As a member of the Authors Guild, I occasionally peek at the discussion board, and any topics pertaining to copyright naturally get my attention. It appears that a common question among authors of both fiction and nonfiction is whether they may quote song lyrics in their books. Further, it seems that a typical experience for many writers is that they ...

In late January, I published a post advocating that we go ahead and cancel some culture. That piece was addressing the subject of platform responsibility, asserting that Facebook et al should feel free to stop amplifying disinformation, hate-mongering, and (unfortunately) sedition and that it should do so without all the dithering about speech rights. There, I asserted that neither Facebook, ...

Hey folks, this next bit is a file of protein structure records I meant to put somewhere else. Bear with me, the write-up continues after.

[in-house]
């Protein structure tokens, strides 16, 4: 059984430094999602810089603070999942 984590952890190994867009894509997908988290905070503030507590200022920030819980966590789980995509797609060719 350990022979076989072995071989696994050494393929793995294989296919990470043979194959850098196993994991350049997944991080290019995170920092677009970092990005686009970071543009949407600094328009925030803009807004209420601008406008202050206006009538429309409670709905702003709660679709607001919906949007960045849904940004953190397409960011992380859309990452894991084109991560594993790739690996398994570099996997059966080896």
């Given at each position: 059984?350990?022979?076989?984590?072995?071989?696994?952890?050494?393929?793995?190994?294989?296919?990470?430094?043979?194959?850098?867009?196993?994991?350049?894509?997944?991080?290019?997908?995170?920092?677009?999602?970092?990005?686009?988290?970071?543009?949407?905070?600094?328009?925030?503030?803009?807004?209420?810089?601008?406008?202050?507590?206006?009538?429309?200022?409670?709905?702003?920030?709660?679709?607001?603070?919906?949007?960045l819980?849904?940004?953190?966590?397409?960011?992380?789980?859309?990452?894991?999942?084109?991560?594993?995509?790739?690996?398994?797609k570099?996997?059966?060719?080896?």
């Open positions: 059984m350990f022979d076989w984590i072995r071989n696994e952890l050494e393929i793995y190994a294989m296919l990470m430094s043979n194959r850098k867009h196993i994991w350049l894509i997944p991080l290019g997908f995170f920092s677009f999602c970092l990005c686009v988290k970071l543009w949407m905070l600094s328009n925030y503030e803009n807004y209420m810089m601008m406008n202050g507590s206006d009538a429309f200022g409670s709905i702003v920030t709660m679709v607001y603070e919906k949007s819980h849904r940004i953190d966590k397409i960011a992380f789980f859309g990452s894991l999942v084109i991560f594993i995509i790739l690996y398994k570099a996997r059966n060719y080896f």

Last week, the Ninth Circuit Court of Appeals issued a fair use decision in Dr. Seuss Enterprises (DSE) v. ComicMix. After oral arguments were presented in April, I wrote about this case as an example from which creators could learn what not to do when they propose to make substantial use of protected works—especially very famous works. The lawsuit involves ...

(Originally published at Copyright Alliance as part its “Secret History of Copyright” series of blogs.) “Students of the nineteenth-century drama come sooner or later to the realization that the most important dramatist of the period was Shakespeare.”  – Marvin Felheim, The Theater of Augustin Daly (1956) – Most people are probably familiar with the word hack as a pejorative for ...

There is one consistent flaw inherent to most anti-copyright agendas. Because so many contemporary theories and attitudes tilting against copyright are largely predicated on the introduction of digital technologies, a false dichotomy persists between access and authorship. Since the days of NAPSTER, authors have endured a litany of techsplaining on the (not quite true) theme that the cost of access ...

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